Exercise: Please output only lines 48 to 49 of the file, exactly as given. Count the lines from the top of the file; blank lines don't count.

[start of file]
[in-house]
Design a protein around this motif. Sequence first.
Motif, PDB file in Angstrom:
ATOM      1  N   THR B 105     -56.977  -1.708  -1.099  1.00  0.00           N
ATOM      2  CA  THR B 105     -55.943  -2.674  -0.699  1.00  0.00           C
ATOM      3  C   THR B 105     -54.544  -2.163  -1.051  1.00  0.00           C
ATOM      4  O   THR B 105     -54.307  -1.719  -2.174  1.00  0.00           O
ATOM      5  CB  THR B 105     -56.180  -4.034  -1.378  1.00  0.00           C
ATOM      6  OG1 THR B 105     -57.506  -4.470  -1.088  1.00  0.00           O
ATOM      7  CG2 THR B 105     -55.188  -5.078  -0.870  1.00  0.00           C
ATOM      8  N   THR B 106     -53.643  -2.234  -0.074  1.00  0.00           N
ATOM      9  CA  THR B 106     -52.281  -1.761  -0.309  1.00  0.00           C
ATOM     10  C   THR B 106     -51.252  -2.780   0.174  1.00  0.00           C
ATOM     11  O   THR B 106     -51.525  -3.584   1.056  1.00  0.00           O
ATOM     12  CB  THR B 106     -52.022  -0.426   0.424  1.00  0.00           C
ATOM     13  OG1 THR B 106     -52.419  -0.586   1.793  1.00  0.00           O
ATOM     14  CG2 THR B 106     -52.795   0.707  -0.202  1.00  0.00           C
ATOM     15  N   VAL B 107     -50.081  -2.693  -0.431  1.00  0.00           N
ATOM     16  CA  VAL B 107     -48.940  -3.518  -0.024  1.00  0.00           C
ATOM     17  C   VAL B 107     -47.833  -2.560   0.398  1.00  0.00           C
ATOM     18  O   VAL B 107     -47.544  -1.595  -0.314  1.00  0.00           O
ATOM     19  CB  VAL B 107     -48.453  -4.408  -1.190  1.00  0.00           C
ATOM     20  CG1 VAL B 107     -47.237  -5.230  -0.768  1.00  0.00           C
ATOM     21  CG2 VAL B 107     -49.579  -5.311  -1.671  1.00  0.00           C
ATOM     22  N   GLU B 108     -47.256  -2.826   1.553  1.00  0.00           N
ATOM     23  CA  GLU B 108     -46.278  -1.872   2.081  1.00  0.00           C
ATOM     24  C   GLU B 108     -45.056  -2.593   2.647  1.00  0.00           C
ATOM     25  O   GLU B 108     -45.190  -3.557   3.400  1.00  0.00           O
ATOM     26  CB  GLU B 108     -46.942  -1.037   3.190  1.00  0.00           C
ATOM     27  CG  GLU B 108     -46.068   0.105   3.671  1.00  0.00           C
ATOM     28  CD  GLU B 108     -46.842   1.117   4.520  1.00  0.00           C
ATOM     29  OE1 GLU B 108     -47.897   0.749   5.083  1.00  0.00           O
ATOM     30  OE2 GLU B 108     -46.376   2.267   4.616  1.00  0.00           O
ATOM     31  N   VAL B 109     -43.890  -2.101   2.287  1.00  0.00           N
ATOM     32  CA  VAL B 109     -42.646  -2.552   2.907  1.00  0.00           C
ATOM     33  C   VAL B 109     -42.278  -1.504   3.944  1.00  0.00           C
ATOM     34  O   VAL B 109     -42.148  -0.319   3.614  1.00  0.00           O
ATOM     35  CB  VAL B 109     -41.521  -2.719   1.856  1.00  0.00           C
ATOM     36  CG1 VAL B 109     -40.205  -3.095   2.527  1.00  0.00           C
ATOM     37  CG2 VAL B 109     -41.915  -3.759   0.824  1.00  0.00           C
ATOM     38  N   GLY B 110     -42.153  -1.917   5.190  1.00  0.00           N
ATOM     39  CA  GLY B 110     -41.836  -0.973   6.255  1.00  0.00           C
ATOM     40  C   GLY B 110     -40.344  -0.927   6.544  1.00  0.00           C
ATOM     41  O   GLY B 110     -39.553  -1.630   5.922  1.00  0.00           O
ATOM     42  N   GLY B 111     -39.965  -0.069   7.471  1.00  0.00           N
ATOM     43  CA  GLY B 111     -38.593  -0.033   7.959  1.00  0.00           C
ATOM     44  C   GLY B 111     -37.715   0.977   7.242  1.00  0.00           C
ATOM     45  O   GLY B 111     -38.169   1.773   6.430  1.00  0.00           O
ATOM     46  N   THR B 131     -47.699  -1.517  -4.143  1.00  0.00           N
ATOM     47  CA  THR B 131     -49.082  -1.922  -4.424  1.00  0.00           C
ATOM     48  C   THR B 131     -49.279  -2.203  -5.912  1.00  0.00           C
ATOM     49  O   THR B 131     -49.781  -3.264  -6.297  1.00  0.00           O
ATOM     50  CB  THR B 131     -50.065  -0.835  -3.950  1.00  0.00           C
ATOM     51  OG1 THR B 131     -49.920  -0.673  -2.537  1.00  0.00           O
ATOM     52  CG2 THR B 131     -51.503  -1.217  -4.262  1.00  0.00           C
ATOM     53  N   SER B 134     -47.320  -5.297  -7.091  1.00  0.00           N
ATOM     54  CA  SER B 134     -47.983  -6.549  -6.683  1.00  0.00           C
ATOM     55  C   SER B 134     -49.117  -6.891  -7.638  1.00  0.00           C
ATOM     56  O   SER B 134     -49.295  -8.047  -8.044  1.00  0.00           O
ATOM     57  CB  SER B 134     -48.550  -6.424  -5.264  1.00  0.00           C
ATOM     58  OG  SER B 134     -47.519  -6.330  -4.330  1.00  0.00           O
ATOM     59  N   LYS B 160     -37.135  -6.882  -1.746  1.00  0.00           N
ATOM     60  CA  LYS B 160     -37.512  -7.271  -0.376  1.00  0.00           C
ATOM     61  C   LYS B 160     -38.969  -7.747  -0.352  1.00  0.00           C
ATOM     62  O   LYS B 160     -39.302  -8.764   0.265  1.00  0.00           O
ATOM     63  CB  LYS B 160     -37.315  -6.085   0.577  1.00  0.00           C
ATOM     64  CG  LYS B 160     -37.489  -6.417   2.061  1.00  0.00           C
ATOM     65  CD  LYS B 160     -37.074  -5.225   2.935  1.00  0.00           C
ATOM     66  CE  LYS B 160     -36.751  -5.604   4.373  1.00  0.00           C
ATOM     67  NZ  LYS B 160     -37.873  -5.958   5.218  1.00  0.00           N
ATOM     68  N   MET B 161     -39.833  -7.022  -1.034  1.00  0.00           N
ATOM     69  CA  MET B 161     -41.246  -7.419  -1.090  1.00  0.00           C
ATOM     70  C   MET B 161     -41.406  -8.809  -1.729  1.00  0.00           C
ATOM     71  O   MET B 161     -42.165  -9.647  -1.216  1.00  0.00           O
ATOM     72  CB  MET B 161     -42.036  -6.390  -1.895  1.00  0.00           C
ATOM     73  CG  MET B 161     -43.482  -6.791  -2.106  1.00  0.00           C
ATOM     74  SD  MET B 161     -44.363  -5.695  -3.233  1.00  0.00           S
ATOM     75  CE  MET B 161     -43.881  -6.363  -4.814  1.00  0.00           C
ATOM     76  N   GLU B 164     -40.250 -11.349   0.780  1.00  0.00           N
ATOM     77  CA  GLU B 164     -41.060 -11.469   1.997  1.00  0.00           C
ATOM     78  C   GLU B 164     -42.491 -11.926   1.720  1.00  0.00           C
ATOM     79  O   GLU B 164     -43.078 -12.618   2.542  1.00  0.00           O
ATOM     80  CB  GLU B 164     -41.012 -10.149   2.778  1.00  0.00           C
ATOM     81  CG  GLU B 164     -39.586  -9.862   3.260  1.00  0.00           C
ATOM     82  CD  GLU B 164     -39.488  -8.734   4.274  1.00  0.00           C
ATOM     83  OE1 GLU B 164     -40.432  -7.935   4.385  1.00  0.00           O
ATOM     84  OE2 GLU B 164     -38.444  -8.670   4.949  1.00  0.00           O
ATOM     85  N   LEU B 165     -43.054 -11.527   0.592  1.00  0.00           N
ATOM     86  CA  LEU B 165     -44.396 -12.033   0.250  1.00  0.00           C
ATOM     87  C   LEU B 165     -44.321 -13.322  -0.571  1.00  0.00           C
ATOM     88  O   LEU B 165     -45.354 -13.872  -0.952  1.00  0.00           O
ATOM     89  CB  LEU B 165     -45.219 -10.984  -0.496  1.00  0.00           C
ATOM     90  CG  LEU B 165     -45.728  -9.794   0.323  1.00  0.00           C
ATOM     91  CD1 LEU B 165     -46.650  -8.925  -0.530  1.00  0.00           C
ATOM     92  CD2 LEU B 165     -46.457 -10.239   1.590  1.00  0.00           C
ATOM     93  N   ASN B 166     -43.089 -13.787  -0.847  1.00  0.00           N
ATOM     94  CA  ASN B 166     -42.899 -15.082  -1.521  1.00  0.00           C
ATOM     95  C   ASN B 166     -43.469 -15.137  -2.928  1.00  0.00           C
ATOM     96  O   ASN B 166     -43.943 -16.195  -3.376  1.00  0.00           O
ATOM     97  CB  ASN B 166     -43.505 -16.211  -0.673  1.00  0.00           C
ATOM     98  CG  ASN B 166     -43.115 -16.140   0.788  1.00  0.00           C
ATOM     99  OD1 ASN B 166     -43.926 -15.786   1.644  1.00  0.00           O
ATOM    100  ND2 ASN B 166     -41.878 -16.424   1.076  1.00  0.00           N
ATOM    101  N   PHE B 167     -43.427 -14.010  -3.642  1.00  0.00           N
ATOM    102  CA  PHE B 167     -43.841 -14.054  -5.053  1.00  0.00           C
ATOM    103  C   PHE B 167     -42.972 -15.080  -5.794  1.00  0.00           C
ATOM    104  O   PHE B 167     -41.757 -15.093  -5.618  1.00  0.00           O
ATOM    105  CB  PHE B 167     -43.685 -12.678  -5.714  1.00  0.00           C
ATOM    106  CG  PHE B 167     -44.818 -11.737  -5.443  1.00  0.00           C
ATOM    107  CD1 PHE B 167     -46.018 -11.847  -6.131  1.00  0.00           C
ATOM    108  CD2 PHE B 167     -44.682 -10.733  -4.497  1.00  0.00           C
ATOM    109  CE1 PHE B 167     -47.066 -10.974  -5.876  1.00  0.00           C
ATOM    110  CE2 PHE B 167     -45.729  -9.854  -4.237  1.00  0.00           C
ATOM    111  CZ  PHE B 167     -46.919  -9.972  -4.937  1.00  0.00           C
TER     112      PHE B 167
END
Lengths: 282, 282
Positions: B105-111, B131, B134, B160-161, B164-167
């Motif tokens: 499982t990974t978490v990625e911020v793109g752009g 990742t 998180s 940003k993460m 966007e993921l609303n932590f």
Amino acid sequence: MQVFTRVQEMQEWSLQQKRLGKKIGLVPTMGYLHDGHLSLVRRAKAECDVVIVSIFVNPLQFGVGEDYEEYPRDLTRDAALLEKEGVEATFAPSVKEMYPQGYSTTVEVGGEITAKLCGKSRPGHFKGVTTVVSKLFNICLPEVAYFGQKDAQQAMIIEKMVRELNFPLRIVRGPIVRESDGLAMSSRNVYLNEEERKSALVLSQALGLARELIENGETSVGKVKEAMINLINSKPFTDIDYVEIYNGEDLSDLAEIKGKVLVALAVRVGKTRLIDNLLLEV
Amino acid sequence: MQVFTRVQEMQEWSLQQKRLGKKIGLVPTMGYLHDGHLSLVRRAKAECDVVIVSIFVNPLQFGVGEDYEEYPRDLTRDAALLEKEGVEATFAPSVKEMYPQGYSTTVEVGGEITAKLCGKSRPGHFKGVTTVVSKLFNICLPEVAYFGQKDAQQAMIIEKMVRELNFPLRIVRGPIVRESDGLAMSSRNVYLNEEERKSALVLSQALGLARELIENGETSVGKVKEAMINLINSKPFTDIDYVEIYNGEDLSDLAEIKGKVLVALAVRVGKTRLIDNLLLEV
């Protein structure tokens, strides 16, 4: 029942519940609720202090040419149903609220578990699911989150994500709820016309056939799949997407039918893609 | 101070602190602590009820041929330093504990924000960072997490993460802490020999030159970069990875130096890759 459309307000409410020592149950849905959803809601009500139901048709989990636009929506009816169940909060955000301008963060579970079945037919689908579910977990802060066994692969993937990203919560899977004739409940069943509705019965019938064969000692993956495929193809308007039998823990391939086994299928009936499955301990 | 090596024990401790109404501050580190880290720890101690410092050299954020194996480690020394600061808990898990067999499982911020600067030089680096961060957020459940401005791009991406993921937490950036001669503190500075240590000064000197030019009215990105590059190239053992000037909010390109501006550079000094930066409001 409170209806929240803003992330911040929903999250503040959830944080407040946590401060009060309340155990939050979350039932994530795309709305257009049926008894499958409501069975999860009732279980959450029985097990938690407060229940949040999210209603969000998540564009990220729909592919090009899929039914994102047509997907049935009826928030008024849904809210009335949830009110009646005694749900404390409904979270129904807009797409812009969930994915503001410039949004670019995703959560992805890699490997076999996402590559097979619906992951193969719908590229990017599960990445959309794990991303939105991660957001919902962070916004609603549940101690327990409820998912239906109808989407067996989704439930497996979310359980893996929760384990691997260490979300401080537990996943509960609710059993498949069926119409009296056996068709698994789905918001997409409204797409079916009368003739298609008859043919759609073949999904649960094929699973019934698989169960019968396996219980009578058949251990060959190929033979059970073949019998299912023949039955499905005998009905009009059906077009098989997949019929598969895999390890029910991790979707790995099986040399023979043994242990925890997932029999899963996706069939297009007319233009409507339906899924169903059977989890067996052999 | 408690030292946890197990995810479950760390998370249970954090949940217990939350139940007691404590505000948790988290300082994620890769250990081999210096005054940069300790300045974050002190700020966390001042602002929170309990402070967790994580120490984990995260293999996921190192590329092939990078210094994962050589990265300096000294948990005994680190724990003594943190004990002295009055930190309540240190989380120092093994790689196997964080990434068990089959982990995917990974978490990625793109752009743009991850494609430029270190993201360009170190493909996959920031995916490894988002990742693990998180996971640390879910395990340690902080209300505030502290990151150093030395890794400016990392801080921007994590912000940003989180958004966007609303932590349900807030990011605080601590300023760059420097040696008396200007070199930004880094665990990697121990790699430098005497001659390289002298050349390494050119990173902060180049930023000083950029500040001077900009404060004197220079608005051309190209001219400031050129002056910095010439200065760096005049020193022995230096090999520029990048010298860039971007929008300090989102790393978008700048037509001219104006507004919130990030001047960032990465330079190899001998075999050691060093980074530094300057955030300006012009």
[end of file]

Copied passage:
ATOM     45  O   GLY B 111     -38.169   1.773   6.430  1.00  0.00           O
ATOM     46  N   THR B 131     -47.699  -1.517  -4.143  1.00  0.00           N